I don’t know if it’s accurate to call Second Coming THE most anticipated comic of 2019, but I do think it safe to say it’s one of them. And if the controversy it created initially implied something dangerous, it was against a recurring history of outrage against creative works that are never as damaging as you think they are going to be. How in the world could it possibly live up to what you wanted it to be?
Two words: Mark Russell.
Russell has proven himself to be a writer who not only takes thematic challenges, but matches those efforts with an intellectual capacity to understand the themes he tackles in his comics, and then the wit to do so in the most absurd places — The Flintstones, Snagglepuss, The Wonder Twins. And so if he had written a comic about Jesus returning and hanging out with a superhero, how could it not be what you want it to be? And in doing so, how would it not be the rarest of creatures?
The nuts and bolts of the issue are that Russell tackles the entire history of the Earth through the Christian lens, from the Garden of Eden to the modern day, and through this stretch offers a lot of cutting snark that infects his portrayal of God particularly, and the story of Jesus. It’s part satire and part philosophical commentary on the state of modern Christianity, the history of its texts, and idea of religious belief in general — all of it hilarious.
But then Russell turns it into a superhero buddy comedy introducing the character of Sunstar, a sort of Supermanish character who through mystical circumstances ends up being Jesus’ mentor. There are plenty of laughs to be had at this scenario, but Russell has complete mastery of the shift and brings them together perfectly. And through the two threads — the biblical one and the superhero one — there is a consistency, and that is sweetness. Like the previous titles I mentioned earlier, Second Coming is infected by a sweetness that will literally make you gasp. Its final scene just might cause some tears.
Here’s the bottom line: I read a lot of first issues to consider them for this Indie View column. The one thing most have in common — whether it’s an issue I like and think is worth writing about or one that I don’t like and skip reviewing or one that is okay but there isn’t a lot to say about it — is that they almost always read like introductions that are setting things up for the real stuff. They typically don’t stand on their own and the best of them hint at depth to come rather than start off with the best stuff.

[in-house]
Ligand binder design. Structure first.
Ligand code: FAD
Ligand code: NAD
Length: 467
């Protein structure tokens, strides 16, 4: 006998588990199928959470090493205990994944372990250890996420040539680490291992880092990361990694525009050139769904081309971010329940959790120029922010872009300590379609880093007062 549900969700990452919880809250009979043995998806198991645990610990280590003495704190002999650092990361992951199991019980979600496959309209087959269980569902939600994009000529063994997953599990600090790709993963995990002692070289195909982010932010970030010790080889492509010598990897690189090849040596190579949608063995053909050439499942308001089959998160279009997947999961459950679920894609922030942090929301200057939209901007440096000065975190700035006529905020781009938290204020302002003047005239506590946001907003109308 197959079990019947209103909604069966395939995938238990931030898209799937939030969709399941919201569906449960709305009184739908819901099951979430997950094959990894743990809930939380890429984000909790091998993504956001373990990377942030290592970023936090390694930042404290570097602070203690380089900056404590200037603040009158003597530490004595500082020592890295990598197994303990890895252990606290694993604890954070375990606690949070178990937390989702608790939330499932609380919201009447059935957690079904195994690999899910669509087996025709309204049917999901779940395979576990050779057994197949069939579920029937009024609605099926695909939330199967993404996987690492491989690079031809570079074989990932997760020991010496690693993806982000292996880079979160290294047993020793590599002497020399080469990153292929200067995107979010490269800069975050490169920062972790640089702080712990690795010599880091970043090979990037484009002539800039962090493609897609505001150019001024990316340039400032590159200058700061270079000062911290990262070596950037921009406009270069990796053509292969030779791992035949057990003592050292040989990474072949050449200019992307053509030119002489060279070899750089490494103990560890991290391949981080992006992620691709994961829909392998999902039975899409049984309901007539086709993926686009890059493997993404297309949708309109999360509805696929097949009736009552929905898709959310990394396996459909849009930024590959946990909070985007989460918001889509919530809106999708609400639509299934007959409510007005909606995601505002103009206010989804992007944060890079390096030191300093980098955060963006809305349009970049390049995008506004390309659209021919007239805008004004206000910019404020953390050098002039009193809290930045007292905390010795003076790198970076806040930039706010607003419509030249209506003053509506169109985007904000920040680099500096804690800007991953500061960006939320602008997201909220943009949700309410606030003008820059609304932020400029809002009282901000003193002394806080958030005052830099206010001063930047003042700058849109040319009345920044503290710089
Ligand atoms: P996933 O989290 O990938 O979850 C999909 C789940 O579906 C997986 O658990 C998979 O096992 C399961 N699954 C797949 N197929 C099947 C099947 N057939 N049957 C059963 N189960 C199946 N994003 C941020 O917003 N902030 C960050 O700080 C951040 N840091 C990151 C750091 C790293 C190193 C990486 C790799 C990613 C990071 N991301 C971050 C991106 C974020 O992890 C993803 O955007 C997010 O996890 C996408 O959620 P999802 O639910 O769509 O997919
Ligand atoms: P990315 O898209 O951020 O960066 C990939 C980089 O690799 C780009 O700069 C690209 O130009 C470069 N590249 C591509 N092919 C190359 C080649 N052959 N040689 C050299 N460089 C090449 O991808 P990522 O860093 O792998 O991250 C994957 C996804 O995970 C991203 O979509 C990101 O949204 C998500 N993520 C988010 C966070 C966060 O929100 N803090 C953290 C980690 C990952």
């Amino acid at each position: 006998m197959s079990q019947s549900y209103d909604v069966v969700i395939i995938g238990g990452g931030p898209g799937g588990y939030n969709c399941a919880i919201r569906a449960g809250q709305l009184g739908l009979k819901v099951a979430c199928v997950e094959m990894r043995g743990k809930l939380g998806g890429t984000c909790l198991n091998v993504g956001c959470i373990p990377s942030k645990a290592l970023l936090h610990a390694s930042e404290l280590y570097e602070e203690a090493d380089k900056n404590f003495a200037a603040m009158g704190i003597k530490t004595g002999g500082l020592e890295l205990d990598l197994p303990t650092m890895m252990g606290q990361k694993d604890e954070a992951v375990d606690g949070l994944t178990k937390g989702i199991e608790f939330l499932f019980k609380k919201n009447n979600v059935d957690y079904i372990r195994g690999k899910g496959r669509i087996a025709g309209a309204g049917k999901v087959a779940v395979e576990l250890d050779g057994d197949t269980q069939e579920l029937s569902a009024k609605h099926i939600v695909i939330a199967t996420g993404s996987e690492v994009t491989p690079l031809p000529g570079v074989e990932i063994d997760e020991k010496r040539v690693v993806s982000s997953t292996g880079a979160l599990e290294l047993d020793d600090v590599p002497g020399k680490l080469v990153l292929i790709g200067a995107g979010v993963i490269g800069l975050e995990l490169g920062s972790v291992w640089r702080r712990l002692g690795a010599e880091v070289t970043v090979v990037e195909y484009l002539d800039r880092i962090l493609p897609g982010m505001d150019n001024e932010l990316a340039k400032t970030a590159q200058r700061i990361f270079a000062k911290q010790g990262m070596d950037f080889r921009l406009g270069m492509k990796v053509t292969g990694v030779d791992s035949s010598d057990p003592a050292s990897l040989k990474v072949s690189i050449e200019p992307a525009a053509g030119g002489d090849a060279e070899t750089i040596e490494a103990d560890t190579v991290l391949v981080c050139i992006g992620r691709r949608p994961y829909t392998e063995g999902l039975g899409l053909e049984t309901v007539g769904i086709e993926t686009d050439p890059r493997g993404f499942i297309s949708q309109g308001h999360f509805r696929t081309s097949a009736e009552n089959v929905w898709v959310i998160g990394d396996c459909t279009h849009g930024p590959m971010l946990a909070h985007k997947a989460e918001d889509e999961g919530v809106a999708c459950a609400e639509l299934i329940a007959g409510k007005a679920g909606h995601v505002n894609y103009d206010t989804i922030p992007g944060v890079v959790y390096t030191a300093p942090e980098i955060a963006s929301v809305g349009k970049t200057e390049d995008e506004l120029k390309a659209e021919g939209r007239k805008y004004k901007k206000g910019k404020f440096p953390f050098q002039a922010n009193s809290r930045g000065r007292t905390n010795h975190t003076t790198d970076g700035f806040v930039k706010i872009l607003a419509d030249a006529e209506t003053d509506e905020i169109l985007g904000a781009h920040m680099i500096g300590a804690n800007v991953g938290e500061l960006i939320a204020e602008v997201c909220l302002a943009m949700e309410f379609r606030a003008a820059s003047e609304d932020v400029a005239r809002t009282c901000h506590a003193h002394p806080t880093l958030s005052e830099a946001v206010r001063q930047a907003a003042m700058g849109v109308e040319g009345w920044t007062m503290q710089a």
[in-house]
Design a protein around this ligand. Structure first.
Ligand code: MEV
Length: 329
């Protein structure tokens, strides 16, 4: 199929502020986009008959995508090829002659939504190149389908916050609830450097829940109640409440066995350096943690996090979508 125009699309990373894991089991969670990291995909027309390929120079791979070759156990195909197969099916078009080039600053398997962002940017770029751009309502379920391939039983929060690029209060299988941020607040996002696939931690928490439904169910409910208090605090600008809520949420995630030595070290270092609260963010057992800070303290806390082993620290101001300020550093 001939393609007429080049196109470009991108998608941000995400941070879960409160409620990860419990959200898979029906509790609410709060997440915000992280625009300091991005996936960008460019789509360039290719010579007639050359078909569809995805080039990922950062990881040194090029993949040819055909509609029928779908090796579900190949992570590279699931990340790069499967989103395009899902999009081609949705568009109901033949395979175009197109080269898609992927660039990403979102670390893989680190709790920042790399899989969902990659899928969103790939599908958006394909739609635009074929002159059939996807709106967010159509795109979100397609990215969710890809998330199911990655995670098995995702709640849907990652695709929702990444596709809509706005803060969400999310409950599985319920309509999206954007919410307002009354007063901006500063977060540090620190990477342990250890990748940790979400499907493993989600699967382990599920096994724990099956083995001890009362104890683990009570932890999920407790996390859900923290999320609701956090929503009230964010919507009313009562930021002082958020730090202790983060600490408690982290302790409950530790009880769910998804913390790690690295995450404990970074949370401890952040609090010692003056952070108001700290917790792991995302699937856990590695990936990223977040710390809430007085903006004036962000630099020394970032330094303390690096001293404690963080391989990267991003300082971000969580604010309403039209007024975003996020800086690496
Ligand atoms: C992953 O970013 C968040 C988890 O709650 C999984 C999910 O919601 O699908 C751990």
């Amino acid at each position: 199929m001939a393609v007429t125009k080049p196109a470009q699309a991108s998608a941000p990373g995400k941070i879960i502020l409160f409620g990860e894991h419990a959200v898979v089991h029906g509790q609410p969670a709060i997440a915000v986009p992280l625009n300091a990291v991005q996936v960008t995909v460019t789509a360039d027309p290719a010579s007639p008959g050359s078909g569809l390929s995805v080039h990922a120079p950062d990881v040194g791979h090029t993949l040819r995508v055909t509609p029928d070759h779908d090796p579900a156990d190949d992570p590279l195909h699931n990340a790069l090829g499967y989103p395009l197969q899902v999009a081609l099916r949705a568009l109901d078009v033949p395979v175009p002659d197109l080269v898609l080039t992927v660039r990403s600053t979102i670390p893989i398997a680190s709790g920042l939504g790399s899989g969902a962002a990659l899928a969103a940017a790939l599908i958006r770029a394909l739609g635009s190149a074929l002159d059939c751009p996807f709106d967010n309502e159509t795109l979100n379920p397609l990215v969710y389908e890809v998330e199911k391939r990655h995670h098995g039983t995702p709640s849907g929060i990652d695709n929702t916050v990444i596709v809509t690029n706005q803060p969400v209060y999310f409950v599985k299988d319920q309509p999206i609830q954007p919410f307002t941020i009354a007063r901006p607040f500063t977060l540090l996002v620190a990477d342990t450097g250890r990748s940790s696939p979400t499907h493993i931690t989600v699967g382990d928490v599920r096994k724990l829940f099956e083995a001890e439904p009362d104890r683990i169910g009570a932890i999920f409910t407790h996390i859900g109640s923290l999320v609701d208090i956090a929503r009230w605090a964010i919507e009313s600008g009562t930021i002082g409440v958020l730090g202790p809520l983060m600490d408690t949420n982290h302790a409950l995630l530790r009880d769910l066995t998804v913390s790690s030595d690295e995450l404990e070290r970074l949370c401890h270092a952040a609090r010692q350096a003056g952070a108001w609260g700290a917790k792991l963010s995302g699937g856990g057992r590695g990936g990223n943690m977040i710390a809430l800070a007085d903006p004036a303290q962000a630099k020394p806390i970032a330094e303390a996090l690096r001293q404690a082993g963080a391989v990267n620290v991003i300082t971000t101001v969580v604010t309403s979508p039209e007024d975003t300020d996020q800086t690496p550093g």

That’s where Second Coming veers from the norm. For a first issue, this is amazingly fully-realized. It gets to the point right away and then maintains that standard throughout. It juggles high concept with intimate characterizations perfectly. It mixes hilarity with poignancy so smoothly that they aren’t tones struggling for attention, but rather helping each other when their turn to be at the forefront comes around. The artwork by Pace does the superhero thing well, offering a nice in-between world that we can both take seriously as a world, but also recognize as completely, comically absurd, ranging from criminal robots to the sweet, toothy grin on Jesus’ face when he think he did the right thing.
The real question here is if Second Coming is everything that was feared? Is it really offensive? Yes. But it’s offensive in the same way that Monty Python’s Life of Brian was offensive, and that is by taking a narrative that some see as sacred and revealing it as nonsensical not so much with anger but with mirth — and at the same time, getting to the core of what some claim the message of the sacred narrative and putting it to the test. Does the modern interpretation live up to the pure, original version? Did any interpretation ever live up to it? Was the text ever at any point in its history ever meant to actually promote kindness? Does intention matter? Is it impossible for human beings to act kindly to other human beings, even with a sacred text directing them to? Or does the sacred text undermine the kindness, provide humans with an out while they feign adherence? And, for that matter, why do we love superheroes? Is it for the same reason our country is embracing authoritarianism and previously embraced religion, because we just want someone to tell us what to do?
That’s the real danger of Second Coming. Not the humor, the questions. It asks them, and that’s the number one thing that religions and governments and corporations and the moneyed class don’t want. It’s just that Second Coming encourages questions and, as a bonus, makes it look fun to ask them.